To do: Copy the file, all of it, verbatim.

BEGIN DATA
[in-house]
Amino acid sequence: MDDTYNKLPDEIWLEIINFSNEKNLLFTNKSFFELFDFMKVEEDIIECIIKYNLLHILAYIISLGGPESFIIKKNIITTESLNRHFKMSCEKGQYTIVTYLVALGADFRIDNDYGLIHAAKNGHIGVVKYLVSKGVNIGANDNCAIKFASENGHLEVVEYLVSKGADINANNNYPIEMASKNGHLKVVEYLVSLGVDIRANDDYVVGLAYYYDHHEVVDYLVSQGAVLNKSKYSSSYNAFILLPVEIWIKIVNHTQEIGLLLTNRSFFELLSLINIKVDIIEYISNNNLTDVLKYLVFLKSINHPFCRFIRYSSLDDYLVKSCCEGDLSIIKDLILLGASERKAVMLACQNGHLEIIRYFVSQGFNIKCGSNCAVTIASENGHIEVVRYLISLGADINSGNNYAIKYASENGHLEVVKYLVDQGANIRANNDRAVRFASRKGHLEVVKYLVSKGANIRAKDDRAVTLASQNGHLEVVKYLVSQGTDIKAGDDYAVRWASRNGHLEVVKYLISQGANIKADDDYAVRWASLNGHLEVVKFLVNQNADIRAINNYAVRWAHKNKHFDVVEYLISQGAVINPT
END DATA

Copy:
[in-house]
Amino acid sequence: MDDTYNKLPDEIWLEIINFSNEKNLLFTNKSFFELFDFMKVEEDIIECIIKYNLLHILAYIISLGGPESFIIKKNIITTESLNRHFKMSCEKGQYTIVTYLVALGADFRIDNDYGLIHAAKNGHIGVVKYLVSKGVNIGANDNCAIKFASENGHLEVVEYLVSKGADINANNNYPIEMASKNGHLKVVEYLVSLGVDIRANDDYVVGLAYYYDHHEVVDYLVSQGAVLNKSKYSSSYNAFILLPVEIWIKIVNHTQEIGLLLTNRSFFELLSLINIKVDIIEYISNNNLTDVLKYLVFLKSINHPFCRFIRYSSLDDYLVKSCCEGDLSIIKDLILLGASERKAVMLACQNGHLEIIRYFVSQGFNIKCGSNCAVTIASENGHIEVVRYLISLGADINSGNNYAIKYASENGHLEVVKYLVDQGANIRANNDRAVRFASRKGHLEVVKYLVSKGANIRAKDDRAVTLASQNGHLEVVKYLVSQGTDIKAGDDYAVRWASRNGHLEVVKYLISQGANIKADDDYAVRWASLNGHLEVVKFLVNQNADIRAINNYAVRWAHKNKHFDVVEYLISQGAVINPT